Pope Francis' visit to Egypt draws closer but concerns continue to mount about the safety of the religious leader following last week's Palm Sunday attacks.
Last weekend, bombers targeted Coptic Christians on Palm Sunday, killing 44 people in twin attacks on churches in two different cities.
The explosions prompted Egyptian President Abdel Fattah El-Sissi to declare a three-month state of emergency and promise to protect the religious minority.
Coptic Christians are the largest religious minority in the Middle East – but also the most persecuted.
Coptic Christians are the largest religious minority in the Middle East – but also most persecuted
Last weekend, bombers targeted Coptic Christians on Palm Sunday
The ancient religious minority make up about 10 per cent of the country's population – compared to 85 per cent Muslim.
At the end of this month, Pope Francis will visit Coptic Orthodox Pope Tawadros II.
Francis will also be visiting Egyptian officials, the Catholic community, and Muslim leaders during his short visit.
This morning, a Fox News television anchor asked whether people should start to "worry" for the safety of Pope Francis as he prepares to visit Egypt on the 28th April.
ISIS has declared Coptic Christians in Egypt their "favourite prey"
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ISIS have declared Egyptian Christians their favourite prey
He asked Hudson Institute senior fellow Nina Shea if Egypt could be trusted to keep Pope Francis safe from terror.
She said: "That is such high visibility that they will probably do a good job with that.
"But he needs to communicate to Al-Azhar, the Sunni centre of learning, that Islam does not kill infidels.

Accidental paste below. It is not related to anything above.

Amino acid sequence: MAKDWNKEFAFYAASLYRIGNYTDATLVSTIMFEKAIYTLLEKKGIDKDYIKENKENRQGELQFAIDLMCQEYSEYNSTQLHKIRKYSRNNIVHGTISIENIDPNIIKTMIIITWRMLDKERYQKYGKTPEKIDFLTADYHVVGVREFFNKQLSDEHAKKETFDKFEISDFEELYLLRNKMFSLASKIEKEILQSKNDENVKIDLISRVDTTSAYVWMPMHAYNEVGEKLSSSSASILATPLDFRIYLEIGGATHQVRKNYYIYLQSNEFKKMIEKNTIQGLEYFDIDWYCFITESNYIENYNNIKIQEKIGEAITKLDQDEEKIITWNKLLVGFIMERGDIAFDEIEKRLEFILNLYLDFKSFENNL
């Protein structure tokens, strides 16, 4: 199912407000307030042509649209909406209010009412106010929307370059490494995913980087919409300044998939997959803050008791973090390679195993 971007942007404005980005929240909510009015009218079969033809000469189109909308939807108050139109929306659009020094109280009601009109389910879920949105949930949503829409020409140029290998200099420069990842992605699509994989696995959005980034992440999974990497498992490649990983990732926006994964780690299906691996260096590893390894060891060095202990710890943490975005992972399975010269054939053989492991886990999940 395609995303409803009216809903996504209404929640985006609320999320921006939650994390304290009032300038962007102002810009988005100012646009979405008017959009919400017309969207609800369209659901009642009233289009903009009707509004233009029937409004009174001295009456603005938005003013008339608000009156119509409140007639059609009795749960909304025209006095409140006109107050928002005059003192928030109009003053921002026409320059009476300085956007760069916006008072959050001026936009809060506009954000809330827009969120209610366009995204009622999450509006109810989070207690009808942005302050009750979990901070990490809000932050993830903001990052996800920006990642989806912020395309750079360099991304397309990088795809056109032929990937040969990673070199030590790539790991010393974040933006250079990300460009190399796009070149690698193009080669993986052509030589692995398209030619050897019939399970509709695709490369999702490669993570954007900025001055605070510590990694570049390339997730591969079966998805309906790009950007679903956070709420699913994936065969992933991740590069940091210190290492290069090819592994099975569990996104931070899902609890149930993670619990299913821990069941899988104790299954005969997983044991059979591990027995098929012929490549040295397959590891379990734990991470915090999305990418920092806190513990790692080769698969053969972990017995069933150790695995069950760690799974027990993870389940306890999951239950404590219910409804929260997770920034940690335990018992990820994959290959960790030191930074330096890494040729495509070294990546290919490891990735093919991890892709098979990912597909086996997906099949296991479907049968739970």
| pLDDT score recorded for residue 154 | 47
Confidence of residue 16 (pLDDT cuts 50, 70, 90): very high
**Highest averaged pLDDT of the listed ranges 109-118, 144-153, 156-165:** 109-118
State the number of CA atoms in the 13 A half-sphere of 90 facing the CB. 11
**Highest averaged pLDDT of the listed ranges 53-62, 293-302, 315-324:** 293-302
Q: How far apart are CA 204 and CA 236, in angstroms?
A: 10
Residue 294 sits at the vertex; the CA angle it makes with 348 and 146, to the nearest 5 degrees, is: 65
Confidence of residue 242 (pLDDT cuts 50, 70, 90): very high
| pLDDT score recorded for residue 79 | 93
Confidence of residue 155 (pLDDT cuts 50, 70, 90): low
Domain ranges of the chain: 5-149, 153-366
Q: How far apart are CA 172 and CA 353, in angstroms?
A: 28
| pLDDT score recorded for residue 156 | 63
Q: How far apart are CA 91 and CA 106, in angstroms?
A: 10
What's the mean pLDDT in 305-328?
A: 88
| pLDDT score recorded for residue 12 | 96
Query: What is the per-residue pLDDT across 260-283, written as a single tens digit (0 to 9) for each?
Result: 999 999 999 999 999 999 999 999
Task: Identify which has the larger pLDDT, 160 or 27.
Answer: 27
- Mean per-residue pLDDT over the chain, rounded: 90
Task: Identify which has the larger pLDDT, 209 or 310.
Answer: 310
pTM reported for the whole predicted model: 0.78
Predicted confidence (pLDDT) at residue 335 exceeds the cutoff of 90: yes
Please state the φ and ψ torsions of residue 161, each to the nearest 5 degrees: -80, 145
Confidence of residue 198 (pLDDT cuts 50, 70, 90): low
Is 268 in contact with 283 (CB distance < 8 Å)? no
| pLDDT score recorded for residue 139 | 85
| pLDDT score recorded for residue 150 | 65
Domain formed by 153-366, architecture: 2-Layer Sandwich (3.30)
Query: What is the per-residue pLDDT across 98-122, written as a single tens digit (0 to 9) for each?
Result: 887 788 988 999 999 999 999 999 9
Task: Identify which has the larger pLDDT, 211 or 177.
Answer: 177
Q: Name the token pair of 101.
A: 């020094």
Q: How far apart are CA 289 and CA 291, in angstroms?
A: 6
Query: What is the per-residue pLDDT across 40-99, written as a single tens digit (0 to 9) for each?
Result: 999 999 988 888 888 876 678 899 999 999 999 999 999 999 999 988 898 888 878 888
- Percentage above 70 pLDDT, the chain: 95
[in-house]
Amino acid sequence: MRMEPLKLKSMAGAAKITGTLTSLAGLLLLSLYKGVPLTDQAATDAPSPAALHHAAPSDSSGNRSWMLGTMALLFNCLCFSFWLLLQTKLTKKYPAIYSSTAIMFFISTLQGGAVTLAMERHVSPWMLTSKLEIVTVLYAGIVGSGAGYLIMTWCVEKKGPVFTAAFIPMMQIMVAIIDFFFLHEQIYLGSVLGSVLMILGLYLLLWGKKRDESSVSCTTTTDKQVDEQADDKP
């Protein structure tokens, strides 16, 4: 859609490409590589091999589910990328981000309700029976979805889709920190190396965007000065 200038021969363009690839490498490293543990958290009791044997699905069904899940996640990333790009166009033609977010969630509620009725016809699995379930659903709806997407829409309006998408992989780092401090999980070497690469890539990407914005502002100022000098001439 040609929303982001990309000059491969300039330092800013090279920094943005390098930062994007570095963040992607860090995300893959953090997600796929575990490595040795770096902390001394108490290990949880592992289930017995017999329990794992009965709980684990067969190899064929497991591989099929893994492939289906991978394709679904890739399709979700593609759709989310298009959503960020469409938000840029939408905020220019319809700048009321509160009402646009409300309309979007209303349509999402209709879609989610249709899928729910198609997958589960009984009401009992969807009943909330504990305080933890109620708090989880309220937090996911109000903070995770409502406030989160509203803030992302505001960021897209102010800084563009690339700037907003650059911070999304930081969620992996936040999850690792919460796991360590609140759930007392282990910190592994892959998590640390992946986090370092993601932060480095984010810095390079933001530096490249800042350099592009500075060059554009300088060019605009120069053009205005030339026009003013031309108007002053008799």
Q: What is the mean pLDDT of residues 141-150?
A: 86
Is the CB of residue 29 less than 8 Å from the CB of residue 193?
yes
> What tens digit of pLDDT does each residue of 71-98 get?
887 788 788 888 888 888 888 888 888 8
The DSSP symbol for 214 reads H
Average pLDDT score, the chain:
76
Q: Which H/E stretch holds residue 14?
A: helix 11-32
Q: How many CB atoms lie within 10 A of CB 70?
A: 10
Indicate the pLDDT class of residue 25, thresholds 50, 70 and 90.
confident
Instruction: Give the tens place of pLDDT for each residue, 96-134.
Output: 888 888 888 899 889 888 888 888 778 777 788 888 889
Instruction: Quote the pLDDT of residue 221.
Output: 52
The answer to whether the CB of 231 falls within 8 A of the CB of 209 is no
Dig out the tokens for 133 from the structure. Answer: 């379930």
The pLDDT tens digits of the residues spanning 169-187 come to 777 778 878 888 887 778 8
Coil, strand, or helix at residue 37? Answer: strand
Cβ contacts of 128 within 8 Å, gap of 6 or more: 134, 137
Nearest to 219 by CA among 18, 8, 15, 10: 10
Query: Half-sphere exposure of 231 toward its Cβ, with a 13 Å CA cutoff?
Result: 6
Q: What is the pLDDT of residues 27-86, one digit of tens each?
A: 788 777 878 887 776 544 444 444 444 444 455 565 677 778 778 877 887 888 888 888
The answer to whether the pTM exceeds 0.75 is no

"He needs to do all he can to protect the Coptics."
Mrs Shea went on to reveal that the Coptic Pope's life was in grave danger, having already been the target of two attacks.
Christians in the country have been forced to scale back Easter celebrations following the bloody terror attacks last week.
In February, ISIS declared Coptic Christians in Egypt their "favourite prey".
Pope Francis will visit Egypt on April 28th
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Pope Francis receives a parrot from a performer of the Golden Circus during his Wednesday general audience in Paul VI Hall at the Vatican
The militant group has made it clear their goal is to "purify" the country of Christians, against whom they have enacted a genocide.
There are nine million Coptic Christians throughout the world but analysts claim the persecution is "the worst it has ever been".
This comes after a recent Pew Poll found that 74 per cent of Egyptians wants to be ruled under Sharia Law, according to Mrs Shea.
She said: "The Egyptian government has been incompetent in protecting them and even actively discriminates against them."
The religious scholar said the daily threat on their lives mean that any Coptic Christian who can get out of Egypt tries to.
Dr. Hellyer, a senior fellow at the Atlantic Council, said the state of affairs was "the worst it has ever been".
Steven Cook, from the Council on Foreign Relations, added: "They have never been targeted in the way that they are now.
"Egypt is extremely dangerous for Copts in ways it hasn't been dangerous before."
He added: "There's also a very ideological element to it — like their attacks against Shiites and Christians in Iraq — they want to purge the land."